November 6, 2015 — "Across the country, Asian American women's reproductive rights are being challenged and their family-planning decisions are being policed based on racial stereotypes held by anti-choice activists and officials," Miriam Yeung, executive director of the National Asian Pacific American Women's Forum, writes in a Washington Post opinion piece.
Yeung shares the stories of Purvi Patel, an Indian-American woman who has been imprisoned under Indiana's fetal homicide law, and Bei Bei Shuai, a Chinese immigrant who, after "attempt[ing] suicide and los[ing] her pregnancy in the process ... was charged under Indiana's feticide law."
Yeung writes, "It's no coincidence that both of these women are of Asian descent." She explains that states are using "stories of infanticide in India and gender-based abortions in China" to "adop[t] racially biased" laws banning abortion based on the sex of the fetus. Meanwhile, "laws like feticide, which were intended to protect pregnant women, are being used to criminalize immigrants and Asian Americans," she writes.
According to Yeung, fetal homicide laws, which "are on the books in 38 states," were "originally passed to support pregnant victims of domestic violence and other violent crimes." She explains that while "most states have not yet used these laws to criminalize pregnant women," Katherine Jack, Shuai's attorney, said that "if Patel's conviction is upheld on appeal, it 'basically sets a precedent that anything a pregnant woman does that could be interpreted as an attempt to terminate her pregnancy could result in criminal liability."'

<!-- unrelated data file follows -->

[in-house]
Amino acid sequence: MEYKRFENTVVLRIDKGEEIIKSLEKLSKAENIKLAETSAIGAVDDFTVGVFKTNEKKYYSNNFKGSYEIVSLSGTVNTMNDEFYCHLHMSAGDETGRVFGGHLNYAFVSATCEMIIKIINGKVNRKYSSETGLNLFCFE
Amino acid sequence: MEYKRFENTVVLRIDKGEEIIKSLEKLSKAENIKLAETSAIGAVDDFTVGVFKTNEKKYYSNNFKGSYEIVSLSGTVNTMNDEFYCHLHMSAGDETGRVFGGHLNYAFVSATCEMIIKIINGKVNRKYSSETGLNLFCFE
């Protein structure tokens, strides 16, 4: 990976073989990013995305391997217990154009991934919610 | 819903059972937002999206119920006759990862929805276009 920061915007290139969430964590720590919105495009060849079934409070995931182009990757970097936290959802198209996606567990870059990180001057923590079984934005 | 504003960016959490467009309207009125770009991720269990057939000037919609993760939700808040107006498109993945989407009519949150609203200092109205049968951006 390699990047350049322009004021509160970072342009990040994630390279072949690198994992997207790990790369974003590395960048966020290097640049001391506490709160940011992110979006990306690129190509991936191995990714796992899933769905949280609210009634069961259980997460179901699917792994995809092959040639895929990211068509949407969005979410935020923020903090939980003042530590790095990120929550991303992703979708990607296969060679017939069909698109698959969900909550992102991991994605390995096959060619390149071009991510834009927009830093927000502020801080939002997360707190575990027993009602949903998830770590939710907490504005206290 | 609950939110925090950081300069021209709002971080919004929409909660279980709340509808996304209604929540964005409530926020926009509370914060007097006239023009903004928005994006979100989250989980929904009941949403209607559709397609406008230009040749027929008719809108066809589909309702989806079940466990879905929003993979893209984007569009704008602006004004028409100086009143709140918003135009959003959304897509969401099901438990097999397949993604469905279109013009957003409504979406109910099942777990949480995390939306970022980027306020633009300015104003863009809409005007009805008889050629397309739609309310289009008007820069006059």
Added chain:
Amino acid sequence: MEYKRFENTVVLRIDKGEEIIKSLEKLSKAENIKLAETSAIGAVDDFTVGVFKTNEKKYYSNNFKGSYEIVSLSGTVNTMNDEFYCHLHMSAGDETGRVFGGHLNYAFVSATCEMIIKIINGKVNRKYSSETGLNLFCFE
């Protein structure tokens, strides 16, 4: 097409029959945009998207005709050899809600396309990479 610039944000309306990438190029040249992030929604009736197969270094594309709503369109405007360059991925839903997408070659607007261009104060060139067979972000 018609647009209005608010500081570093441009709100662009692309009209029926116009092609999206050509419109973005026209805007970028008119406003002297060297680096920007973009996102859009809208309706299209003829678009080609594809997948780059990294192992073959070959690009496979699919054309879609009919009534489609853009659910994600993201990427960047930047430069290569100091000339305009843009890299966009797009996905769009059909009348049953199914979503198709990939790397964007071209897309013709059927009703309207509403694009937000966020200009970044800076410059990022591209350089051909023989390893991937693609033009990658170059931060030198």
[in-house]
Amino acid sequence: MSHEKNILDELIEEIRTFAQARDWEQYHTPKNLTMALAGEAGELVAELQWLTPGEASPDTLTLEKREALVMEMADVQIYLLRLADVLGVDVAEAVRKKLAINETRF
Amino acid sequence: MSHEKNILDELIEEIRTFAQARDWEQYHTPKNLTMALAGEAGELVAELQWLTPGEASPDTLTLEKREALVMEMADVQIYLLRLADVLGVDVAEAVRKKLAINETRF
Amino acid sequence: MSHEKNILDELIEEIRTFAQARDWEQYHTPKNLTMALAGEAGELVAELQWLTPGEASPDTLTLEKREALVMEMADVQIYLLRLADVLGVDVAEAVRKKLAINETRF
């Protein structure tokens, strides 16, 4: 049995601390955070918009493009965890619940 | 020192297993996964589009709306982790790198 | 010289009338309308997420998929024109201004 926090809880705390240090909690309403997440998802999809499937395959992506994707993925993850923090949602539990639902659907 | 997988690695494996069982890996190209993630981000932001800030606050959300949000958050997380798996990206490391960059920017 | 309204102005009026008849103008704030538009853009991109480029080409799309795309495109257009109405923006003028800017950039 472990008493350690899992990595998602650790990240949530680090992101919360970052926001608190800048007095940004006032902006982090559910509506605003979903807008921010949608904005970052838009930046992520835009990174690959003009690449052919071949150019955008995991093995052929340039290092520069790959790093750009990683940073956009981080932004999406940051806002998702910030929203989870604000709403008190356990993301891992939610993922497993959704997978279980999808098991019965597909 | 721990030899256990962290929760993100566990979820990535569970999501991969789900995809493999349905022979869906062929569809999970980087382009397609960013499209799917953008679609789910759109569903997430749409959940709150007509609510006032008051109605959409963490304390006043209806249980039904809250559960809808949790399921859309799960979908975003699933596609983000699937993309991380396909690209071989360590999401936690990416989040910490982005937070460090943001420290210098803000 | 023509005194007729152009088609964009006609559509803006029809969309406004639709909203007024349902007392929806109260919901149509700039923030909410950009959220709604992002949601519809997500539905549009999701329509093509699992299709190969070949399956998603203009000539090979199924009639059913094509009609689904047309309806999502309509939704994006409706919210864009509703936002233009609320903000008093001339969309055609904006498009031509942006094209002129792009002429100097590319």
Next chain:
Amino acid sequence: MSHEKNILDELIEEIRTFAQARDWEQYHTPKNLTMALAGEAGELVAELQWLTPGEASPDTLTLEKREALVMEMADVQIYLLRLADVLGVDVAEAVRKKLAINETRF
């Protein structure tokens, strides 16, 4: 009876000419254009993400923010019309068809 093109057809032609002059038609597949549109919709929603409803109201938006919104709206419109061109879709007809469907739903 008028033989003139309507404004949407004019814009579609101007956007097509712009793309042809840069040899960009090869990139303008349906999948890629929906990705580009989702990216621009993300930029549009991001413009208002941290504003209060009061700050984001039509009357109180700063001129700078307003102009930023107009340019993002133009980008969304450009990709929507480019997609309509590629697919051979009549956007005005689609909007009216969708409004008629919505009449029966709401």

Further, the National Advocates for Pregnant Women has tracked "hundreds of cases where women have been arrested, sentenced, or forced to undergo cesarean sections on the interpretation of laws that were never intended to be used to prosecute pregnant women," Yeung states. "This reproductive oppression disproportionately targets low-income women and women of color," she writes, pointing to "[a] study of arrests of and forced legal interventions on pregnant women" that "found that approximately 71 percent of those targeted were low-income, and 59 percent were women of color, predominantly African American."
Yeung adds that while "only four women in the study were identified as Asian or Pacific Islander, the anti-Asian rhetoric in the push for these laws has heightened since the research ended in 2005." According to Yeung, "cultural misinformation" about Asian women and families "has been used to pass [bans on abortion based on the sex of the fetus] in eight states and bring them up for consideration in at least 21." She adds that while research has shown that "the racist assumptions of proponents of these laws are false," bans on abortions based on the sex of the fetus "were the second most-proposed abortion ban in 2013 and 2014."
"These laws are part of a broader attack on women's health and rights, which cause disproportionate harm to women of color," Yeung continues, noting, "[T]he only two women prosecuted under Indiana's feticide law are of Asian descent -- when Asian residents are only 2 percent of the state's population." She adds that "immigrant women are made more vulnerable to these laws because they are isolated from" health care services, which can make them more likely to "take riskier paths to ending their pregnancies."
"Feticide laws, [bans on abortions based on the sex of the fetus] and similar legislation need to be seen for what they are -- proverbial wolves in sheep's clothing," Yeung contends. She writes, "Instead of criminalizing Asian American and immigrant women with these onerous laws, states should be creating culturally sensitive resources that help them safely exercise their reproductive rights and access quality mental-health care" (Yeung, Washington Post, 11/4).